enquiries concerning British interests at home and abroad. These
responsibilities make the Metropolitan Police Service unique among
UK police forces. The Metropolitan Police Service should not be
confused with the City of London Police, which is a separate force
responsible for policing The Square Mile in the City of London.
Some more special terms:
Downing Street
The White Hall
The Buckingham Palace
The Fleet Street
The Broadway
Downing Street – The Residence of British
Prime Minister
The State Room of 10 Downing Street
The British Prime Minister
Tony Charles Lynton Blair
1997 - Present
Born: 6.5.1953
"Education is the best economic
policy there is."
The son of a barrister (lawyer) and
lecturer, Tony Blair was born in
Edinburgh, but spent most of his
childhood in Durham. At the age of 14
he returned to Edinburgh to finish his
education at Fettes College. He studied
law at Oxford, and went on to become
a barrister himself.
4. Be willing to do…
   be unwilling to do…
   be reluctant to…
   be likely to come…
   be unlikely to come
   be sure to come early
   be fond of playing practical joke
5. The soft-spoken, wealthy noble,
   the gentle-spoken, very rich nobleman

  A. adv.-p.p.
  a soft-spoken professor, doctor
  his well-dressed wife or lady
  a well-intentioned gathering or party
  ill-advised kids
B. adj.-p.p.
Big-headed man, lion
Narrow-minded guy
Single-handed sailing around the world

C. n.-p.p.
Self-taught courses
Skill-based exercises
Self-employed young man
Wood-paneled windows
Timber-framed house
of the
A street lined with timber framed
houses on both sides
6. prompt v., adv. & a.
a. to cause or urge – to prompt laughter
   The sight of the train prompted thoughts
   of my distant home in the north.
   To prompt a witness in court (remind
   sb. of sth.)

b. Be sure to arrive at the airport at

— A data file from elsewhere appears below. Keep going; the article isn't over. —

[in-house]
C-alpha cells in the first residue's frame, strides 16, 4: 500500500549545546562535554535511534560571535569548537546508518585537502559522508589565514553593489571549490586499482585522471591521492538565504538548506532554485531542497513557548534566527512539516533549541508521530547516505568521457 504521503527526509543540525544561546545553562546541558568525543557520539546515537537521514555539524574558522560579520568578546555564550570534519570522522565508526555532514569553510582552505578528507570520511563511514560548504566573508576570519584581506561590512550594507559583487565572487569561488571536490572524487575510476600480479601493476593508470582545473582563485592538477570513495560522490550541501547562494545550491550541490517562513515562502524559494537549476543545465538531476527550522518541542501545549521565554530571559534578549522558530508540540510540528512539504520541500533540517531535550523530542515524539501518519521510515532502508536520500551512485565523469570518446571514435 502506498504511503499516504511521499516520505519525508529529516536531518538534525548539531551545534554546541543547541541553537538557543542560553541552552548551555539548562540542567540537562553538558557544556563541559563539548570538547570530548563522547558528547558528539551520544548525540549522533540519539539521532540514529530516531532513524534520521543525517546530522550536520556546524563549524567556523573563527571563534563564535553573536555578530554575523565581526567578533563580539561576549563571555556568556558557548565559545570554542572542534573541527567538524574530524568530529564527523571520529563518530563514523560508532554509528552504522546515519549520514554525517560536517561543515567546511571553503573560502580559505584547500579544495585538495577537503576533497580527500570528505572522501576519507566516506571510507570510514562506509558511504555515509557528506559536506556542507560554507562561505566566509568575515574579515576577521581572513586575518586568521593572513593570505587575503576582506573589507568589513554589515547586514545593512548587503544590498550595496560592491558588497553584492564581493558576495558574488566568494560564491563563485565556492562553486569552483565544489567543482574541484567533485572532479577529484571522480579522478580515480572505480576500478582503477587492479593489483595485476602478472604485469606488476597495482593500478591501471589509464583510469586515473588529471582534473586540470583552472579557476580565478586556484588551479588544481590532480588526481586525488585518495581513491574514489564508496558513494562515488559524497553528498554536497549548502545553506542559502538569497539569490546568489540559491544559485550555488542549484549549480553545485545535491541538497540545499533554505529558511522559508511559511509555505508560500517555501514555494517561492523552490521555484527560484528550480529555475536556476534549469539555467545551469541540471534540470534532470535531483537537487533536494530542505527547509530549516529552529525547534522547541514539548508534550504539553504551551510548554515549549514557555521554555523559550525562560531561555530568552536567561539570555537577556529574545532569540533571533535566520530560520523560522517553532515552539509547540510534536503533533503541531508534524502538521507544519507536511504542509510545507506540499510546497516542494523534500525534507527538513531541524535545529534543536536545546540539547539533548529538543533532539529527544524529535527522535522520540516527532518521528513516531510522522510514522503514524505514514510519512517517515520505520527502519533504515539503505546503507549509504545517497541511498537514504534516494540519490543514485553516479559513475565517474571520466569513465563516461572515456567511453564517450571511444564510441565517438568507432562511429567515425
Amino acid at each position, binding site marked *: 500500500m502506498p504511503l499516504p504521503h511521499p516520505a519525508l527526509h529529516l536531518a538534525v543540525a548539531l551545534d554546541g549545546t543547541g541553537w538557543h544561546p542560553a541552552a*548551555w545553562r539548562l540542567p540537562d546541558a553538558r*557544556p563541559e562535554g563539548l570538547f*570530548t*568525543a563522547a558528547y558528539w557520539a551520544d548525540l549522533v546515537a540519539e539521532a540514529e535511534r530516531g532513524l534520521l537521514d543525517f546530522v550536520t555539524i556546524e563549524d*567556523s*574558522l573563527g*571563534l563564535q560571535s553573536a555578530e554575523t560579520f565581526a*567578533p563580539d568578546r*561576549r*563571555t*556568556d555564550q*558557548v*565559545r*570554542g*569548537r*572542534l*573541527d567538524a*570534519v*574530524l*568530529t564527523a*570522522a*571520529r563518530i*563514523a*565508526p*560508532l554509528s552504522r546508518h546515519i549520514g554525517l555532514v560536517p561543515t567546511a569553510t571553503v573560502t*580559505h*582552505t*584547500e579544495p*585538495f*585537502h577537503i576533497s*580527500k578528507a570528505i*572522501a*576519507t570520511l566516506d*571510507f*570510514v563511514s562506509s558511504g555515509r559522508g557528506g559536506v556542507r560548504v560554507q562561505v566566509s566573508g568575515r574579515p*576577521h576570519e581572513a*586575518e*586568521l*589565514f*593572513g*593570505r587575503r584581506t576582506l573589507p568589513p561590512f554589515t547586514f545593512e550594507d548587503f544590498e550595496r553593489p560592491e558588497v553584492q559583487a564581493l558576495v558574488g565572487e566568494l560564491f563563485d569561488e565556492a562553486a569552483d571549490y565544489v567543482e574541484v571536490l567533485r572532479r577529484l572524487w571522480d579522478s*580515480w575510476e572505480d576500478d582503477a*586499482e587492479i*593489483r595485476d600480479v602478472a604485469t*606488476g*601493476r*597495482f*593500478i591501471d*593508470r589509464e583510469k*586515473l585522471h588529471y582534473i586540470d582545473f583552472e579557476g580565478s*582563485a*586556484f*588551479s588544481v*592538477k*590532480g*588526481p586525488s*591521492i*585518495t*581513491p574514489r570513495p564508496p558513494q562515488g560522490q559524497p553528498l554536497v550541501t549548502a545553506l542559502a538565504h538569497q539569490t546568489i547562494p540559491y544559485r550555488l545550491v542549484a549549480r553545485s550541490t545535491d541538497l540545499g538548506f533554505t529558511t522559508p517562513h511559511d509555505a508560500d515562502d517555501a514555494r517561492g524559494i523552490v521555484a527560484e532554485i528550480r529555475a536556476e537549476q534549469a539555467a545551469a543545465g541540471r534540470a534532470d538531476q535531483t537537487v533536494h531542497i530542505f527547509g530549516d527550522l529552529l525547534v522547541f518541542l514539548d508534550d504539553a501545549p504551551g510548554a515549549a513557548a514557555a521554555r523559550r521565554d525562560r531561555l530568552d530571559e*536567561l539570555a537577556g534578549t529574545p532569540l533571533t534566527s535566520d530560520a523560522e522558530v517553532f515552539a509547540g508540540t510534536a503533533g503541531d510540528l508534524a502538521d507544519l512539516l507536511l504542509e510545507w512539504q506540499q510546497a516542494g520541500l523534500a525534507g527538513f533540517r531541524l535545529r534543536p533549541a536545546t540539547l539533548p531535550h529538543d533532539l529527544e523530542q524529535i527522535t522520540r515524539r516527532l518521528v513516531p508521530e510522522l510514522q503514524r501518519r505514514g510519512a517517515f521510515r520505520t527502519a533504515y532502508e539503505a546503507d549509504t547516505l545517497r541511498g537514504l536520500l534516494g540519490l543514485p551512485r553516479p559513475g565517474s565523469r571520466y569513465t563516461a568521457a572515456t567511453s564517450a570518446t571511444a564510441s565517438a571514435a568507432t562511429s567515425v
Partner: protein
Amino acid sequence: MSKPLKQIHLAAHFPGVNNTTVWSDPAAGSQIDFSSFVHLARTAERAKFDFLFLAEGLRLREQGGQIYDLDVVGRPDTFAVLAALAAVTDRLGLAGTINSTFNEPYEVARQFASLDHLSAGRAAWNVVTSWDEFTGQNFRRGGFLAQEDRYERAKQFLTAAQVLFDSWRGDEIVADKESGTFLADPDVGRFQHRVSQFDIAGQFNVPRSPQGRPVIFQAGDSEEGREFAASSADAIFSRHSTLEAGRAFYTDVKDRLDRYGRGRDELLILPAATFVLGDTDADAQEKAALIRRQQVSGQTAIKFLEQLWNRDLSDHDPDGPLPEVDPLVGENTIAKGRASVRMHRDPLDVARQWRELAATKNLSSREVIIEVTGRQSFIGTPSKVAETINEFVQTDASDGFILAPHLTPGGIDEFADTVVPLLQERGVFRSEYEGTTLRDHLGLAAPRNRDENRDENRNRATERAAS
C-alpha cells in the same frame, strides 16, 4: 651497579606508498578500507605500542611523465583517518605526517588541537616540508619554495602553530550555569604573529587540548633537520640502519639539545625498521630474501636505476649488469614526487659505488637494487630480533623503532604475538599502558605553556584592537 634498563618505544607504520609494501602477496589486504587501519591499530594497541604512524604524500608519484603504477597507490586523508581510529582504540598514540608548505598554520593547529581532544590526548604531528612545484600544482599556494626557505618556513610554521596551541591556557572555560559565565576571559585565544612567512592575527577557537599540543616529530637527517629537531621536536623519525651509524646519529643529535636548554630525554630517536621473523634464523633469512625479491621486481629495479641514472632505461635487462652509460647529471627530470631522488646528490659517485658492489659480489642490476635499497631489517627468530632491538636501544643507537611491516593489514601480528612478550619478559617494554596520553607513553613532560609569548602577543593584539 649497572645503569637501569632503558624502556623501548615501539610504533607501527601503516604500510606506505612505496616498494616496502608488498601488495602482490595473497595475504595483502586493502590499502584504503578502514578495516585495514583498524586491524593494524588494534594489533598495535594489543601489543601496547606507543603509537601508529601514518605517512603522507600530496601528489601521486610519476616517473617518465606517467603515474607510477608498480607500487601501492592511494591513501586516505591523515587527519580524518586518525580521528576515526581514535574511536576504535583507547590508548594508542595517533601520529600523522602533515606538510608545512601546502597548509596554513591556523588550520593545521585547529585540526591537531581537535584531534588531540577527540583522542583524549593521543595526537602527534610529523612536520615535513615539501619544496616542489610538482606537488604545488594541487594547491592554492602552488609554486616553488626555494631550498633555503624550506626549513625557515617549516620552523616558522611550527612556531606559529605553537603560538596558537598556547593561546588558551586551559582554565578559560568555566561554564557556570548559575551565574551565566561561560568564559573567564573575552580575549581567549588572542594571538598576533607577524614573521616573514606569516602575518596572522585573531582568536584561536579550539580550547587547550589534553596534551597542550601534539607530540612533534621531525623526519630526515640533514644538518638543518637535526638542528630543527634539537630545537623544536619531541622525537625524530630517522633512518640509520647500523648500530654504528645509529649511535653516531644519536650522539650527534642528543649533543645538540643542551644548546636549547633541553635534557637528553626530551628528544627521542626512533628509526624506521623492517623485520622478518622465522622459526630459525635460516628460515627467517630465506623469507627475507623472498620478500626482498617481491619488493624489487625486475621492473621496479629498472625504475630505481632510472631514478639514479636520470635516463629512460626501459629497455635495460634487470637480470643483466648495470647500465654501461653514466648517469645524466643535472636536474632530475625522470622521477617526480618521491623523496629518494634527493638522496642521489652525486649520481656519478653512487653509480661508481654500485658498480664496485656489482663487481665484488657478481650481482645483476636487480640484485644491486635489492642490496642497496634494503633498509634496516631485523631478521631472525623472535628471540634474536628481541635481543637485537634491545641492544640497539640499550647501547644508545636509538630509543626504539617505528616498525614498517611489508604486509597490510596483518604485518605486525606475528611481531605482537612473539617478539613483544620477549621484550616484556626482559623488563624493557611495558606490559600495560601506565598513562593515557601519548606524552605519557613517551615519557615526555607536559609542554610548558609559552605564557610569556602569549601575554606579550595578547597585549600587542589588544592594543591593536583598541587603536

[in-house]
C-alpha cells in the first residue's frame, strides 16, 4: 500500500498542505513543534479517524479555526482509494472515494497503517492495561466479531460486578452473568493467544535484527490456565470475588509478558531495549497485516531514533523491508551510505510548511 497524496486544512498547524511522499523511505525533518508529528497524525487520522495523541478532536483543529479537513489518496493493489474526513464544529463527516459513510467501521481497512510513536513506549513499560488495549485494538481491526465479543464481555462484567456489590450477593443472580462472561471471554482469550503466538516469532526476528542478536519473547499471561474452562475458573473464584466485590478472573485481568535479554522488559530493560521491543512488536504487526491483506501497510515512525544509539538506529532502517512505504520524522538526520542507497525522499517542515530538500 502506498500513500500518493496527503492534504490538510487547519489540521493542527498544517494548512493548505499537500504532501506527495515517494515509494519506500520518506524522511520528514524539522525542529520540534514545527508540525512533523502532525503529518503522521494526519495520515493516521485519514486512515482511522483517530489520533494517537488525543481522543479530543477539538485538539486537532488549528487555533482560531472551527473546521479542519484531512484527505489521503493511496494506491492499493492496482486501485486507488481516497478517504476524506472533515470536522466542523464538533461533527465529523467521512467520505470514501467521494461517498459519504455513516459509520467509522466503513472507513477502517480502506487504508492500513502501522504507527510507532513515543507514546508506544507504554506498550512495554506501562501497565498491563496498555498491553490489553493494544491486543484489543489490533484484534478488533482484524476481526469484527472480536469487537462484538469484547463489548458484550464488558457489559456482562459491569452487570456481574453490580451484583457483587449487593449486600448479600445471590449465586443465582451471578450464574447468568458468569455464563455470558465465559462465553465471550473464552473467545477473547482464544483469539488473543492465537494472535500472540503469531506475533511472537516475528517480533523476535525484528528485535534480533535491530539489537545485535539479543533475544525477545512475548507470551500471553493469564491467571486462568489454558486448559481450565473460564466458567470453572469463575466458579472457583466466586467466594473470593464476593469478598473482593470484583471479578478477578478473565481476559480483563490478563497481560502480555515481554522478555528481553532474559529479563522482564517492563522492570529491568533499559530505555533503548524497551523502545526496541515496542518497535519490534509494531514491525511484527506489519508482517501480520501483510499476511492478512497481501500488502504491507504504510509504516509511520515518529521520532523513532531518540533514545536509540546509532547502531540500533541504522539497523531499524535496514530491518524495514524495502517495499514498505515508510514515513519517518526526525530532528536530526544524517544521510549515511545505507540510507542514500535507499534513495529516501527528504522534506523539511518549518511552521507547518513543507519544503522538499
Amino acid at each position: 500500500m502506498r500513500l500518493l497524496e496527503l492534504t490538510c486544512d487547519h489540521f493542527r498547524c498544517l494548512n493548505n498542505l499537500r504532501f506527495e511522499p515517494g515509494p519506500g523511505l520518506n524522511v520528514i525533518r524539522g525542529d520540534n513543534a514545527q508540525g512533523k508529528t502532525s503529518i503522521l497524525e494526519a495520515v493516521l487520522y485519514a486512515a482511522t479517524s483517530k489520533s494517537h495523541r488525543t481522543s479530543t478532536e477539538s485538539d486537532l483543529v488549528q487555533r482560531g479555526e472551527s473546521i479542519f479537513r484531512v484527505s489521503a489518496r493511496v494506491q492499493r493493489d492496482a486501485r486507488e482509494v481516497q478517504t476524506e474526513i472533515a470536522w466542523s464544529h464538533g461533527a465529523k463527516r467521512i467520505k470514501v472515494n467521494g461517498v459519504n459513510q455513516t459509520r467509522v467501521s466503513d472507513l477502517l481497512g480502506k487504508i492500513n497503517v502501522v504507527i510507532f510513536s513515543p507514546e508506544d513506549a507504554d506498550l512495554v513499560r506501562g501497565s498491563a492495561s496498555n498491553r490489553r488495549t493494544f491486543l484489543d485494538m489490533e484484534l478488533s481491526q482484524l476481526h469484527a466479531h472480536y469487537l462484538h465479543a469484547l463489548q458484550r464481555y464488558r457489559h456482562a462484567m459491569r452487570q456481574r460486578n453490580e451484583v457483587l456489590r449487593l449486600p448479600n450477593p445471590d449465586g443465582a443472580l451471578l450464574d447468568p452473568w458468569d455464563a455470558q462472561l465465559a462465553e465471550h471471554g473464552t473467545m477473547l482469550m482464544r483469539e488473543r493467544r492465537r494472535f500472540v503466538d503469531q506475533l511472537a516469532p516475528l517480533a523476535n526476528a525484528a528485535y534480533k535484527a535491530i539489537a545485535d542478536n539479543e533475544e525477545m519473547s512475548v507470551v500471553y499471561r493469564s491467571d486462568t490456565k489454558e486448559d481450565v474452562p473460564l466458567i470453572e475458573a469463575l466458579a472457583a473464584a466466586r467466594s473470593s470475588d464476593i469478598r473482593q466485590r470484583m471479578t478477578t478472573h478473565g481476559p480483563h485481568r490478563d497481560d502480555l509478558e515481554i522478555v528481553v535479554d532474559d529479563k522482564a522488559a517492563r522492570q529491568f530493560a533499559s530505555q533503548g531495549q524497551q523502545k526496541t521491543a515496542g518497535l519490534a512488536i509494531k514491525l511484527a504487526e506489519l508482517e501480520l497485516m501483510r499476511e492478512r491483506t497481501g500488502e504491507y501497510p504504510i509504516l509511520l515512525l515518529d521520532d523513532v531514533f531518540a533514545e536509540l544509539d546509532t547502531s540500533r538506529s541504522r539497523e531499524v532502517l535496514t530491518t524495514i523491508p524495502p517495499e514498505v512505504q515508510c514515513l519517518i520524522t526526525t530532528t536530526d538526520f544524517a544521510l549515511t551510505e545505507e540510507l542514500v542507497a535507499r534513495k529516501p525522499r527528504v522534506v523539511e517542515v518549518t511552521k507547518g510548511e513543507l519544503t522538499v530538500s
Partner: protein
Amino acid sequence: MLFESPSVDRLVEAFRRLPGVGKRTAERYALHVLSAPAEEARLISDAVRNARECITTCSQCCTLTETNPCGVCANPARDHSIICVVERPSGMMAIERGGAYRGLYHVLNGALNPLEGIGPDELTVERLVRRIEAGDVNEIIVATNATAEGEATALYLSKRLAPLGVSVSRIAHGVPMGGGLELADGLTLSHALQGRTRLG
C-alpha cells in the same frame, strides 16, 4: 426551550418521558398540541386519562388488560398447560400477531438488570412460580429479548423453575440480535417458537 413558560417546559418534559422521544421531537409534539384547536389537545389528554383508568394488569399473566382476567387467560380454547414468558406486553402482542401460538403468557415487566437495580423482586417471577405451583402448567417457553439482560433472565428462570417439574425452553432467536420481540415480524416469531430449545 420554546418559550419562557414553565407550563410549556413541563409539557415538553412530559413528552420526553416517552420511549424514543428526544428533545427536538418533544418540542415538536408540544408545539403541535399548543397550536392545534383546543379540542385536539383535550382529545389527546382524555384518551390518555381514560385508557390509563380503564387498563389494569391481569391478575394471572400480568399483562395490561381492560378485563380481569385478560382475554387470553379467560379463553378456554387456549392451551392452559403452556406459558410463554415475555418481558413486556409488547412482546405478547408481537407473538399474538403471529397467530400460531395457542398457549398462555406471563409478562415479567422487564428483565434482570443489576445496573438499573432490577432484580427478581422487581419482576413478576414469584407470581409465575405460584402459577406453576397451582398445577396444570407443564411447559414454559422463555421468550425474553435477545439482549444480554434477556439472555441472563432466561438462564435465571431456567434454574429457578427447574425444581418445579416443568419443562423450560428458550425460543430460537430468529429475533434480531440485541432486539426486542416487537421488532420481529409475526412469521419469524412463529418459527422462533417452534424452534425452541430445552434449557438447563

18:00 prompt (sharp).
c. A prompt action– an action without
7. Be suspicious of (about)–suspecting
  guilt or wrongdoing, not trusting
  be suspicious of her intensions,
  a suspicious manner,

 dubious about sth. in value, or meaning
 dubious suggestion – feeling doubt or
 uncertain about the value of the
8. arouse vt. arise vi. raise vt. rise vi.

   It is good to have some pepper to arouse
   the appetite (not diet).
   The documentary film aroused my
   interest in the history of the country.

   Some unexpected difficulties have arisen,
   because he refused to join us in the
raise vt. rise vi.

Raise your glass, your hands,
raise your questions

The price of food rose with the decrease
in the output of crops.
The river rose immediately after the rain
rise to a position
9. property n. [U] & [C]
   That car is my property.

 Properties (estate)-buildings and land
  Several properties in the street are
  for sale.

 Possessions [C] A few possessions of mines
  are gathered here.

 Belongings [C] She lost all her belongings
  in the fire.
10. provide a large injection of cash into
   the village

provide for– supply without charge
supply with–provide regularly or
furnish with–supply with furniture or sth.
         necessary physically or mentally
11. a large injection of cash into the
    (put liquid into muscle by…)

   This drug is to be injected into

   Their presence injected new life into
   the flaggy (less alive and active) party.
   the injection of money into business
12. living out a fantasy–experience or do
    If you live out a dream, fantasy, or idea,